Worse, the very idea of a creator - with almost every critical facet of what the creator is being unevidenced, unjustified and mostly just asserted speculation - makes it seem like a grand cosmic carpet under which all the unanswerable and uncomfortable philosophical questions about the universe can be swept.

A creator solves no problems - it merely pretends that it can.

This clearly means that the Big Bang is a vastly more sensible conclusion.

3.) Questions

“You see, say the Big Bang were true, then there would have had to be a cause to make the Big Bang, right?”

A “cause”, requires there to be a cause and effect relationship. This requires time to exist to establish a sequence of events.

There is no evidence to suggest time exists beyond the Big Bang horizon - time as a concept doesn’t exist in a singularity; as a result we can’t tell whether there is a “before” the Big Bang. Thus we can’t tell if there is a causal relationship to anything. [7]

So how did everything go perfectly? I mean how are we just the right amount away from the sun, how are we not to hot, not to cold? And how did the forming of the planets go just right?

This is not related to the Big Bang. The Big Bang is the origin of the universe, my opponent is talking about the formation of solar systems.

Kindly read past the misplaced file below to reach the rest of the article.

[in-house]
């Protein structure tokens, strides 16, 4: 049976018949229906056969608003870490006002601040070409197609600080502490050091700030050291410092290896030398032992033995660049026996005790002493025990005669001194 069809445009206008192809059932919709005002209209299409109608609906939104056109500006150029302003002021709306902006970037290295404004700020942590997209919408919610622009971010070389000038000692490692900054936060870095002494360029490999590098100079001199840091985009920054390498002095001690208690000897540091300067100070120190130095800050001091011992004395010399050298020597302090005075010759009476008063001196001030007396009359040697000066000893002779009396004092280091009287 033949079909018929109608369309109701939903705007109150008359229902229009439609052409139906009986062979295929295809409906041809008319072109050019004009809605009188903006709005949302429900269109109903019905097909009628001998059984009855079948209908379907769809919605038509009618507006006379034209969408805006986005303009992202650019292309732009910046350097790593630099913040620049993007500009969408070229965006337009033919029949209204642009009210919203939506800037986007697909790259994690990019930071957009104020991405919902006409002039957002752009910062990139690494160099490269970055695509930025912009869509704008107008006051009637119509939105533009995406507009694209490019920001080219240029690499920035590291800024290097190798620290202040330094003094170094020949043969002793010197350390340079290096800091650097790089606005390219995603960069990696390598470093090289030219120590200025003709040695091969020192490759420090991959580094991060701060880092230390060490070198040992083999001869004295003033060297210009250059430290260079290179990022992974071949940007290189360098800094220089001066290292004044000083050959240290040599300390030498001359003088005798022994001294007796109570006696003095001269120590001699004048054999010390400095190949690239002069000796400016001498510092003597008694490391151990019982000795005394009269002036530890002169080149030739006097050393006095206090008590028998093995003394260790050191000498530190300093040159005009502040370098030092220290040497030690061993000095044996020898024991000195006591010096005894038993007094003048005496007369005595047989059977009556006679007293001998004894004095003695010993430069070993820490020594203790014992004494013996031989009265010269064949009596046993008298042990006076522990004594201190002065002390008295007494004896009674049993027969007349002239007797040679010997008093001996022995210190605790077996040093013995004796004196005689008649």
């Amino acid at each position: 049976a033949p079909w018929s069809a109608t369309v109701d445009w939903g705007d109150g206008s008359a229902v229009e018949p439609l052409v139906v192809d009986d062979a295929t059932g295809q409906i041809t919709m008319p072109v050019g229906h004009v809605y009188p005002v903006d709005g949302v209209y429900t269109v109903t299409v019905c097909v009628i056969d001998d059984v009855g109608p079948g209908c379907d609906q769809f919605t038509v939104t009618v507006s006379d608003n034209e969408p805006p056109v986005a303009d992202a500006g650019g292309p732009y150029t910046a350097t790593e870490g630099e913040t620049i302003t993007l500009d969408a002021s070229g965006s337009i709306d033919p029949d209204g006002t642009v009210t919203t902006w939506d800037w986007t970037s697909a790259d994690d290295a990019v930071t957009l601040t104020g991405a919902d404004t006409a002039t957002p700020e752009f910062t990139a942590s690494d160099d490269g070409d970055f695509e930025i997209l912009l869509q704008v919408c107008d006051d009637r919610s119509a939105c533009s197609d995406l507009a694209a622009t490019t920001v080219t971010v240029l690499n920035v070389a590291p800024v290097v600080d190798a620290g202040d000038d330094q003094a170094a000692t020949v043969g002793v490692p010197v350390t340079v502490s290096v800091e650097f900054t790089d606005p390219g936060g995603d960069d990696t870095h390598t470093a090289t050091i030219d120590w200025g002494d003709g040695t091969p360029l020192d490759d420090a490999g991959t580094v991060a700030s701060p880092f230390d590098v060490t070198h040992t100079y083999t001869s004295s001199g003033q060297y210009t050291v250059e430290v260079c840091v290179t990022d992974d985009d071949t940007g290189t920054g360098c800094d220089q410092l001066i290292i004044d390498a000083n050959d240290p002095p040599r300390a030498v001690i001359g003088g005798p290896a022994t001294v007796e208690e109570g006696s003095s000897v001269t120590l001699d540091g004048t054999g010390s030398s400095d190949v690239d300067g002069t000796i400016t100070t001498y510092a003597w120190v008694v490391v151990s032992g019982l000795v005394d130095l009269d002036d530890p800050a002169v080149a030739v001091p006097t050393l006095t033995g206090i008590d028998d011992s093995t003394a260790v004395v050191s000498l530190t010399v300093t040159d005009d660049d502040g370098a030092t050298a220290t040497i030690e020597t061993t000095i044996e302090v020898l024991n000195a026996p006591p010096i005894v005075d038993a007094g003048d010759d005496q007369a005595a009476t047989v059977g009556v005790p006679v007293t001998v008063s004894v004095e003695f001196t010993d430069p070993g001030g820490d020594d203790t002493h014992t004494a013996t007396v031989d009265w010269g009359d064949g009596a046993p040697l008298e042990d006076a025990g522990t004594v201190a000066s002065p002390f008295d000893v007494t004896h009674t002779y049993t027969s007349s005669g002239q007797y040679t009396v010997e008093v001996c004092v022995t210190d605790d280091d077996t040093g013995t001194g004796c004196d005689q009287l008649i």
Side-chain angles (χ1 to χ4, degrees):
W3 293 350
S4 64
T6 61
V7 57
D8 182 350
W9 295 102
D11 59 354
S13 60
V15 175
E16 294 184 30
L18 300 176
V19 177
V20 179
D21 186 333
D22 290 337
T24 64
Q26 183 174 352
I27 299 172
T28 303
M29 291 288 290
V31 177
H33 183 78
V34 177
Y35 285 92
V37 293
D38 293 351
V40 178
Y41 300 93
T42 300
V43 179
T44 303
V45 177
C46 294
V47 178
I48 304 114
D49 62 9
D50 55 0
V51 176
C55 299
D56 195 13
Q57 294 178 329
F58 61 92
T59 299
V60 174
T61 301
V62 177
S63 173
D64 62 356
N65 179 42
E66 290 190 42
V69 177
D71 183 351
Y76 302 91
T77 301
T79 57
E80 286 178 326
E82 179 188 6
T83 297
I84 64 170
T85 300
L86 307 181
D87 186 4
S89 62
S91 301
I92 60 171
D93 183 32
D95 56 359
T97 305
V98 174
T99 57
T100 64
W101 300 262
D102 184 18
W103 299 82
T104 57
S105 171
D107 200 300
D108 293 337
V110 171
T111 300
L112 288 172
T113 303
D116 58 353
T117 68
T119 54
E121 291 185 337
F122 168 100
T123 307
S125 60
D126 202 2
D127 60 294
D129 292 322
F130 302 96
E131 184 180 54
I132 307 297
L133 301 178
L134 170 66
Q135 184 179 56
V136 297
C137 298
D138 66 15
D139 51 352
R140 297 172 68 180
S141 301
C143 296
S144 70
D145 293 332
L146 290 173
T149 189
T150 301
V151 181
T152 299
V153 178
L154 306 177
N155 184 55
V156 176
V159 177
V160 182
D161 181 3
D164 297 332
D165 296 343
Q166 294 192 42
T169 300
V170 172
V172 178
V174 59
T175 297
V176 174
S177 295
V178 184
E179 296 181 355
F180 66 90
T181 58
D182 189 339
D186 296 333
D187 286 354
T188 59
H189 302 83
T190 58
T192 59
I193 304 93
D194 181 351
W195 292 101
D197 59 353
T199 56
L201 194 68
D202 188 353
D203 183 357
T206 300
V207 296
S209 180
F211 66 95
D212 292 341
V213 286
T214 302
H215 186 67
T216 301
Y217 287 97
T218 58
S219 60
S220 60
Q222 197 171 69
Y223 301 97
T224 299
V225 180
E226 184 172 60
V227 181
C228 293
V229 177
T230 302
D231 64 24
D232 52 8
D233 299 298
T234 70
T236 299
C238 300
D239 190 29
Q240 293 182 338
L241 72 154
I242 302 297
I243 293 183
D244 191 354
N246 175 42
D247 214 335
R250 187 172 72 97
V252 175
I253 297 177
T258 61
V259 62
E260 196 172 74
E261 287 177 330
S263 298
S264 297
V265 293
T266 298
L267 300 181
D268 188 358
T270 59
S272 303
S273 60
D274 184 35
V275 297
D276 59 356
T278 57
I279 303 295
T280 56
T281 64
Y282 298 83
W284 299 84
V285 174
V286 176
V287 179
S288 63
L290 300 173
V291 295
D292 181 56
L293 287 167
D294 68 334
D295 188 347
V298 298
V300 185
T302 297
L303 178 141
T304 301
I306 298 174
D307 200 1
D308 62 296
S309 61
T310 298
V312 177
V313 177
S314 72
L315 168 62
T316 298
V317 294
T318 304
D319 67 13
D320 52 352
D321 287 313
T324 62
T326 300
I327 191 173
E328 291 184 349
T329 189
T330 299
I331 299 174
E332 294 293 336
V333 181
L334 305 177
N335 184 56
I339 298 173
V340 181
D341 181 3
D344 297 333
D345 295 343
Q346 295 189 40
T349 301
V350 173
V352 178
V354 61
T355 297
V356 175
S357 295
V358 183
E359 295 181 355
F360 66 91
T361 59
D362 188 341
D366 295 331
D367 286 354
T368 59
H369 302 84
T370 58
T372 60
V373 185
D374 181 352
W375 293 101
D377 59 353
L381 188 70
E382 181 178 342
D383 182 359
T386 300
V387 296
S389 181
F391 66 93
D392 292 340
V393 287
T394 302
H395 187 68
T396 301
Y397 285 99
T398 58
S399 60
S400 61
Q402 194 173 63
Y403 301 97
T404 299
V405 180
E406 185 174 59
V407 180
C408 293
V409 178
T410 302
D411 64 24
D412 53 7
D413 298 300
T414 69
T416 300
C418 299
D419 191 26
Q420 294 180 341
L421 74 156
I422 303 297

The answer is simple, if earth was too far away from the sun, or too large, or the earth didn’t have the right elemental content: it wouldn’t have developed life, and we wouldn’t be having this debate

It is not surprising that we find ourself living on a planet with conditions suitable for life.

There are estimated to be billions of other exoplanets, and many planets we have discovered that don’t have these conditions[8]; it’s not luck - simply observer bias and the law of large numbers:

A lottery winner may consider himself very lucky - but people regularly win the lottery. 

Is it a strange coincidence that all lottery winners are exceptionally lucky? 

Sources:

[1] http://hyperphysics.phy-astr.gsu.edu/hbase/Astro/hubble.html
[2] https://starchild.gsfc.nasa.gov/docs/StarChild/questions/redshift.html
[3] https://www.physicsoftheuniverse.com/topics_relativity_general.html
[4] http://astronomy.swin.edu.au/cosmos/S/Singularity
[5] https://en.m.wikipedia.org/wiki/Cosmic_microwave_background
[6] https://en.m.wikipedia.org/wiki/Big_Bang_nucleosynthesis
[7]http://www.hawking.org.uk/the-beginning-of-time.html
[8] https://en.m.wikipedia.org/wiki/List_of_potentially_habitable_exoplanets






Round 2
Published:
Though I do see my opponents point of view in this argument, He can not prove anything, Nor can I, but I will try to convince my opponent and voters that creator is a more reasonable choice. In a 2011 study, it was shown that they estimated population of Christians is around 2.19 Billion around 33 percent of the world. Only around 16 percent believe in the Big Bang. As you can see more people believe In Christianity than The Big Bang.

Another reason is that It violates the first law of thermodynamics, which says you can't create or destroy matter or energy. Critics claim that the big bang theory suggests the universe began out of nothing. Proponents of the big bang theory say that such criticism is unwarranted for two reasons. The first is that the big bang doesn't address the creation of the universe, but rather the evolution of it. The other reason is that since the laws of science break down as you approach the creation of the universe, there's no reason to believe the first law of thermodynamics would apply.